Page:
By Neil Murphy, MSF OBGYN in Aweil State Hospital, South Sudan
In labor and delivery suites around the world, we usually don’t create life. Rather we try to assist in the smoothest landing possible for the incoming baby; until I worked in Aweil, South Sudan, at the MSF maternity project, that is.
One day, an exhausted patient came in from an outlying clinic after being in labor for five days. It clearly had been a hard five days of labor, plus she then had to get to our facility. The patient was near her due date, but at some point in this five-day process the umbilical cord had prolapsed, or slipped out below the baby’s head.
When the umbilical cord gets compressed it stops giving blood to the baby within minutes, so the baby had died prior to arrival at our facility. This was especially sad because the patient’s last delivery had been of a set of twins who were both stillborn.
Our chief midwife was on duty that day, and feeling compassion toward the patient’s struggles, he hoped this patient could just get past this ordeal so she could start feeling better. He moved to expedite the delivery of the dead baby with the assistance of a vacuum device which allowed him to pull gently on the baby’s head in order to assist the patient’s own efforts while pushing.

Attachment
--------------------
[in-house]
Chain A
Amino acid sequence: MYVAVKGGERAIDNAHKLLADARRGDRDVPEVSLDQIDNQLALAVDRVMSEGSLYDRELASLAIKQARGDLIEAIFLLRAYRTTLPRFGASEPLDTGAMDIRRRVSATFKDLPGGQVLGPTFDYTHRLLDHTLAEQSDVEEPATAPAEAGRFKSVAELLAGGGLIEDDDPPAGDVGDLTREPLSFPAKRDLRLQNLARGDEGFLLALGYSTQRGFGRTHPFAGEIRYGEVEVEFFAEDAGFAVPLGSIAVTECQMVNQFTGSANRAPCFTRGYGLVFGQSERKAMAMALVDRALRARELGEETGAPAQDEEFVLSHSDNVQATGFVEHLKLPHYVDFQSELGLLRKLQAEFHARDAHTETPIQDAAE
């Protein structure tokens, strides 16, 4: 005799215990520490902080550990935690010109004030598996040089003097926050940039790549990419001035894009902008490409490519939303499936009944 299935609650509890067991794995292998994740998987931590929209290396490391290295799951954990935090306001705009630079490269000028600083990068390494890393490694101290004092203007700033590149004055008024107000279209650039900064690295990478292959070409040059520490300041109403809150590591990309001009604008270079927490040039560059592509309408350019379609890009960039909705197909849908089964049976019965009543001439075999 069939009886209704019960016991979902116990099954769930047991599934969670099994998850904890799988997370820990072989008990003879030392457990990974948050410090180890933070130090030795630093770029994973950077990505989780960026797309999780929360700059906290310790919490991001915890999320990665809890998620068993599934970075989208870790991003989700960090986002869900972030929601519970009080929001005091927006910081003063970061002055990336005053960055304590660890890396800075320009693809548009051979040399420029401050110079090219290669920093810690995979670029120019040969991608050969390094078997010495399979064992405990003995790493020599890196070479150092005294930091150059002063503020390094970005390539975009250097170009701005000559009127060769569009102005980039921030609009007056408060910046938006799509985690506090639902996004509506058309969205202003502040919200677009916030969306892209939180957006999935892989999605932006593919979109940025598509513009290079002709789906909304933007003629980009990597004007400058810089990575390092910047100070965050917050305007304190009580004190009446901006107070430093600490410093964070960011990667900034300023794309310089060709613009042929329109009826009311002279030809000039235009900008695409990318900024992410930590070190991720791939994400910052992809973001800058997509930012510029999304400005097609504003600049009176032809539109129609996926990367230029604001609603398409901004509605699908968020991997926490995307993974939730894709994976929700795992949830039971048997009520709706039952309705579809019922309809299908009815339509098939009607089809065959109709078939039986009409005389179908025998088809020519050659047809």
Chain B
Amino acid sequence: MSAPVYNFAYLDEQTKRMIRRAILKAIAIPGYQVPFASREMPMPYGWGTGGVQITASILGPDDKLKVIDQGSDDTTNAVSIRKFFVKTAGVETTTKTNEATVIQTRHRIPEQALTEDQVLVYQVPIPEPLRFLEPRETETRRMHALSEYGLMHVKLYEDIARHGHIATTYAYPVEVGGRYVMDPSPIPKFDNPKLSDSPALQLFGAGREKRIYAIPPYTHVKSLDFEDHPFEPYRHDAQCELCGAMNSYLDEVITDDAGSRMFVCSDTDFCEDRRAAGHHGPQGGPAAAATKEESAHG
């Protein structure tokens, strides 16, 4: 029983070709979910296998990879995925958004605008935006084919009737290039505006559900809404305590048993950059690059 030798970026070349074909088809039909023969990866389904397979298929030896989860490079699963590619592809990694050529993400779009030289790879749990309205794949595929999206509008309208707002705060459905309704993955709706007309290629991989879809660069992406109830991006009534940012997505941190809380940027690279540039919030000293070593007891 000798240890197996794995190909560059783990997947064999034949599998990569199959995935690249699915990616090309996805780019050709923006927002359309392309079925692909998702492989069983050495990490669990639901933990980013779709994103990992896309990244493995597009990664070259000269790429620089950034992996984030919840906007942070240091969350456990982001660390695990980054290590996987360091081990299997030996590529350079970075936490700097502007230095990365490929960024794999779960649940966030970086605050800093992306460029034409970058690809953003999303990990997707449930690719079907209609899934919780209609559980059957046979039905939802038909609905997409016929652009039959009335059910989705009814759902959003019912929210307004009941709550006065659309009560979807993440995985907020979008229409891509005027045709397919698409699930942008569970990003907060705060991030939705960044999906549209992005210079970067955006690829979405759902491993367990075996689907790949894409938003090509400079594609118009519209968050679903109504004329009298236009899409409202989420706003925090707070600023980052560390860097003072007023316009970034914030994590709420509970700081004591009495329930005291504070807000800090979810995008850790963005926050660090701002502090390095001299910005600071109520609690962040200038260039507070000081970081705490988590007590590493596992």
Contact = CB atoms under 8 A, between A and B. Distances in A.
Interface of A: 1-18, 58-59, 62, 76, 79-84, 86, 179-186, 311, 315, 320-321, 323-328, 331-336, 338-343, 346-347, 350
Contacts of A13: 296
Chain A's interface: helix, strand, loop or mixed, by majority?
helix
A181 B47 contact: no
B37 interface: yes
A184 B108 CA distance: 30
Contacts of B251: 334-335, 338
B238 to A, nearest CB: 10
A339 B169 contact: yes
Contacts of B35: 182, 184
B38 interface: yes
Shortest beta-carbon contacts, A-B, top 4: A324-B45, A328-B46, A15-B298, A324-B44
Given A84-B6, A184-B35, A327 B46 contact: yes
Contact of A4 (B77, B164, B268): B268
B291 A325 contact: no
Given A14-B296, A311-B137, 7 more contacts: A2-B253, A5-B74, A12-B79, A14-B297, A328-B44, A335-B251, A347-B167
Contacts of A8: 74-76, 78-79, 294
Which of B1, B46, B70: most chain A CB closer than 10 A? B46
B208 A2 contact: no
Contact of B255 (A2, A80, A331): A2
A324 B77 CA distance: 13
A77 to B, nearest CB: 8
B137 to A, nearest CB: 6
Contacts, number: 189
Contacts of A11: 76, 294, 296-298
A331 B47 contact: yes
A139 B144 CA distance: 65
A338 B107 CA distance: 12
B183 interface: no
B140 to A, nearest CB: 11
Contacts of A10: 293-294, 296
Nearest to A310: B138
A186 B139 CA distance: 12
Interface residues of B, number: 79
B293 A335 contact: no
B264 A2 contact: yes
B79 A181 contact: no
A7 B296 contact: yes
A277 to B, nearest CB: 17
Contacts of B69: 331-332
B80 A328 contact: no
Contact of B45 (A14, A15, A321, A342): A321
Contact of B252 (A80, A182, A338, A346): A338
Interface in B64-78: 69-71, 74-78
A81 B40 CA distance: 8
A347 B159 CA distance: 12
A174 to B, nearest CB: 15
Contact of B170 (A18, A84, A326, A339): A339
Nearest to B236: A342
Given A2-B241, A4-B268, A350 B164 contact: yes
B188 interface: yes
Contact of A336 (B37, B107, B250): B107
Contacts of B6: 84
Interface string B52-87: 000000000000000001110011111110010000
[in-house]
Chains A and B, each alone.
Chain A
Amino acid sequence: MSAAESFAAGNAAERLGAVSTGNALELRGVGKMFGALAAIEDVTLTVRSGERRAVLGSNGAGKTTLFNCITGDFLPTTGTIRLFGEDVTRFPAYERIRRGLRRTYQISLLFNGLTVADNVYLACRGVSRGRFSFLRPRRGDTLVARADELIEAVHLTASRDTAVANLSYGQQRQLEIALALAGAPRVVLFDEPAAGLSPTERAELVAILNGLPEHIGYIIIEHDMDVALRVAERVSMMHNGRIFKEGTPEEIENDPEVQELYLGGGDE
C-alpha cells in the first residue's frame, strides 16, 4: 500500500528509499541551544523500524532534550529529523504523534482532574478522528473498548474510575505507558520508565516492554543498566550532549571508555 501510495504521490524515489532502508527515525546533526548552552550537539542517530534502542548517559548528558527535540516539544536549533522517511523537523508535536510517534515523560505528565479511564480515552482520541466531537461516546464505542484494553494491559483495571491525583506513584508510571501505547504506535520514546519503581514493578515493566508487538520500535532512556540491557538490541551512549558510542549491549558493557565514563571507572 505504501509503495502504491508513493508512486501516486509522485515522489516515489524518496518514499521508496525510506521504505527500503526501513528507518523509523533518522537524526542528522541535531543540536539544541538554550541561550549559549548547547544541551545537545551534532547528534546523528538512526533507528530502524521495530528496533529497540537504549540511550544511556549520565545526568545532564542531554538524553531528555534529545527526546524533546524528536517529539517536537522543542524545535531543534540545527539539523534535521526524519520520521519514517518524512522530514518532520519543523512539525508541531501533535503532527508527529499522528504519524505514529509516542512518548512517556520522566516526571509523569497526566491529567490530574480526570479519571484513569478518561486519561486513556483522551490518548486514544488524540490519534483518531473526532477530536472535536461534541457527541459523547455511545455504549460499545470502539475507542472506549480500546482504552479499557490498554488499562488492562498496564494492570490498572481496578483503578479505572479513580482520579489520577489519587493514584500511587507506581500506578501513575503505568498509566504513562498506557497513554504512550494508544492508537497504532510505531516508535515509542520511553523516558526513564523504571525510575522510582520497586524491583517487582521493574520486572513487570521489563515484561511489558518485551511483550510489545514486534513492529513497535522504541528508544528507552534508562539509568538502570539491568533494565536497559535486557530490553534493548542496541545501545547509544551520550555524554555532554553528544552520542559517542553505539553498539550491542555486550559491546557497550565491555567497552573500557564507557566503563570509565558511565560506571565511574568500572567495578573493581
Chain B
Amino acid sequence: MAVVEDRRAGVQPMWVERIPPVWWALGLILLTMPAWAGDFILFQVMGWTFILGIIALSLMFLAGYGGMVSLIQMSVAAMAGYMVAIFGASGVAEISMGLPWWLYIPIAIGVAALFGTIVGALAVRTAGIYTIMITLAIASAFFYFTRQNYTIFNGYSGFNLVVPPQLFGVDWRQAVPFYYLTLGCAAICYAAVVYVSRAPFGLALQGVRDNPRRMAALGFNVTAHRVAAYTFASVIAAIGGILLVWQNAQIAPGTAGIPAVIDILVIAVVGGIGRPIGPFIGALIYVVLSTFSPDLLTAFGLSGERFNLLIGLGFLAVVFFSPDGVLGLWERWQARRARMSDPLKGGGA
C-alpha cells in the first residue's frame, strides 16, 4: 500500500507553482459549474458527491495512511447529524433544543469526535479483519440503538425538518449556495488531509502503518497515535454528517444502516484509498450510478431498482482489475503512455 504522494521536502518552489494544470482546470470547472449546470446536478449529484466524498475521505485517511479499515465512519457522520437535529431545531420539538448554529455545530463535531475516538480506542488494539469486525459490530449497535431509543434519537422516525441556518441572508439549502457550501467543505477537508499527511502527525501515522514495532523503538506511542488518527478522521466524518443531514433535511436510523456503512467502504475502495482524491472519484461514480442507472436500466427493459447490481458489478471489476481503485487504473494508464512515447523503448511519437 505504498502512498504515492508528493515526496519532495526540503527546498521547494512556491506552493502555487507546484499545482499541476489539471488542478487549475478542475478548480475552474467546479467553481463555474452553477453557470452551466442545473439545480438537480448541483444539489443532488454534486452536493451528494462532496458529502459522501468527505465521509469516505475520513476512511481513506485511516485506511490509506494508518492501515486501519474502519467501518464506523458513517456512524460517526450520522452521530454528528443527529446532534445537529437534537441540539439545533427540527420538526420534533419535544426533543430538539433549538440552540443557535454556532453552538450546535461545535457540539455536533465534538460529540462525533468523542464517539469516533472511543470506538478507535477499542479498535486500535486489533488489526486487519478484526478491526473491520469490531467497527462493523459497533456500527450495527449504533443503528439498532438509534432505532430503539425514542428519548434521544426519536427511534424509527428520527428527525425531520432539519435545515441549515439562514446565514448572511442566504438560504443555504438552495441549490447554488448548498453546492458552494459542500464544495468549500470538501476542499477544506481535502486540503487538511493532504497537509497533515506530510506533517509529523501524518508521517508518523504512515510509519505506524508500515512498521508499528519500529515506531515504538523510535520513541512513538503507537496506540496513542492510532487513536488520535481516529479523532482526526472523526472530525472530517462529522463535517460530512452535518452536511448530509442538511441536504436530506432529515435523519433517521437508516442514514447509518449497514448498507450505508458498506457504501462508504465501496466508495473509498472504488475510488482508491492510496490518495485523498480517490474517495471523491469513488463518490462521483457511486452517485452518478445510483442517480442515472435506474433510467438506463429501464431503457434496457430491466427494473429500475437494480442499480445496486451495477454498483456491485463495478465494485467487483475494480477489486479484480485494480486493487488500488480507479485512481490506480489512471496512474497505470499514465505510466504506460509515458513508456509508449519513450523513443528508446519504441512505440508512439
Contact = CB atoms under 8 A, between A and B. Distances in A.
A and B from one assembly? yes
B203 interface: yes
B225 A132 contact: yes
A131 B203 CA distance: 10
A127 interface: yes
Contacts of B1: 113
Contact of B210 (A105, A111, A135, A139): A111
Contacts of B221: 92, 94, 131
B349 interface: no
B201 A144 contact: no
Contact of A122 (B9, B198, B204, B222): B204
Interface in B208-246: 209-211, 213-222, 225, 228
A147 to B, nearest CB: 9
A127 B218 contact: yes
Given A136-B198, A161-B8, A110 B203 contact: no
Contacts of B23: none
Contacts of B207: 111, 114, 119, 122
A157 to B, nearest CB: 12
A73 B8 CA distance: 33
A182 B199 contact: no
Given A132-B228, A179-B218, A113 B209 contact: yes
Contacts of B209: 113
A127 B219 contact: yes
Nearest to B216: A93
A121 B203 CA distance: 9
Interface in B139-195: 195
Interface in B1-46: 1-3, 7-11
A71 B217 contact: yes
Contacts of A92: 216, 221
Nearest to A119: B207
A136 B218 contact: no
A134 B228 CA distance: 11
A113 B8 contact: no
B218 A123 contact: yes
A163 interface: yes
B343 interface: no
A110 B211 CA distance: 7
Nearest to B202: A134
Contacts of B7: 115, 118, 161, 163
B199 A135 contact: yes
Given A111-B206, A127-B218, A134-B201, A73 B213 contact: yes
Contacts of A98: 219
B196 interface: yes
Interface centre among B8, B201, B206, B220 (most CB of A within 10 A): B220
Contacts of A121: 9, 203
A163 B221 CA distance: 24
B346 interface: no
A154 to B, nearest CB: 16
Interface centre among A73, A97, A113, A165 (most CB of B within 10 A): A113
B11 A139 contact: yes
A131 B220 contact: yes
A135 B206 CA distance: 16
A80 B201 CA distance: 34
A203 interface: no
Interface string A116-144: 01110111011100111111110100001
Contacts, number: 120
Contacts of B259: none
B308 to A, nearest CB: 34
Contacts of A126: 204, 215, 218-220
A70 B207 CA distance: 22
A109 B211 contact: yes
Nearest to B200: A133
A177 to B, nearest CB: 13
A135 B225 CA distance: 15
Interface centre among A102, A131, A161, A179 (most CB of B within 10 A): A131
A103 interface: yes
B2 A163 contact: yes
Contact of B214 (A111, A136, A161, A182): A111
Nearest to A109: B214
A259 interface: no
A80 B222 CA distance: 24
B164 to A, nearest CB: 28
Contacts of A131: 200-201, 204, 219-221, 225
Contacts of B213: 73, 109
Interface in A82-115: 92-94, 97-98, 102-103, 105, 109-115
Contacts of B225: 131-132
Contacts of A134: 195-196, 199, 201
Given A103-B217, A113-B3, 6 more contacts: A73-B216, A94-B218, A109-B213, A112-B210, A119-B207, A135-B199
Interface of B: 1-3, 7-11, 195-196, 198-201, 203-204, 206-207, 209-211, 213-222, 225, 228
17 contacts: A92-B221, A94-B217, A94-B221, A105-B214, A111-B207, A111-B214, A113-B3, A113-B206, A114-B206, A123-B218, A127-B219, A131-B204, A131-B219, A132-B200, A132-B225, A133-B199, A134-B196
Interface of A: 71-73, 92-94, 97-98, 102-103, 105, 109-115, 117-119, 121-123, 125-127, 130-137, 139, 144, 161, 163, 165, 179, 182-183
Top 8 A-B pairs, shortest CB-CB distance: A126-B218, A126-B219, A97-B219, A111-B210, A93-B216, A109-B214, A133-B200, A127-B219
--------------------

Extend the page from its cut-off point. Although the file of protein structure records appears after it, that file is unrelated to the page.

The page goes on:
Prior to the expedited delivery, we had performed a brief bedside ultrasound which confirmed that the fetus had no heart beat. But it also showed what might have been a previously undiagnosed second fetus, which also appeared to have died. This looked like a repeat of her last sad delivery. Rather than taking more time for further extensive evaluation, the midwife moved to make the patient more comfortable.
The delivery went quickly with his assistance, but there was one hitch.
As soon as the baby was delivered, he took a gasp of air. Then another gasp. And another.
The team quickly rallied around the infant boy and provided basic respiratory support. Within a short time the baby was breathing well on his own.
We all watched as the he grew and thrived. The staff throughout the whole facility referred to him as our “miracle baby”, right up until his normal discharge.
The rest of the story. The patient still had a prolapsed cord after delivery of our miracle baby. It now became clear that this was the unusual scenario of an upper twin’s membranes rupturing and prolapsing a cord past the lower twin.
The mother was finally able to get cleaned up and rest that day. When it was time for her to go, she was quite happy to leave the hospital with a live baby who she never knew existed.
One could say that the health care system should have diagnosed a twin pregnancy much sooner than at delivery, but the clinics outside Aweil do not have well trained midwives or ultrasound. Given the context and our daily challenges in Aweil, we prefer to just think of this as the one single day we created life.
Read more blog posts from MSF field staff.
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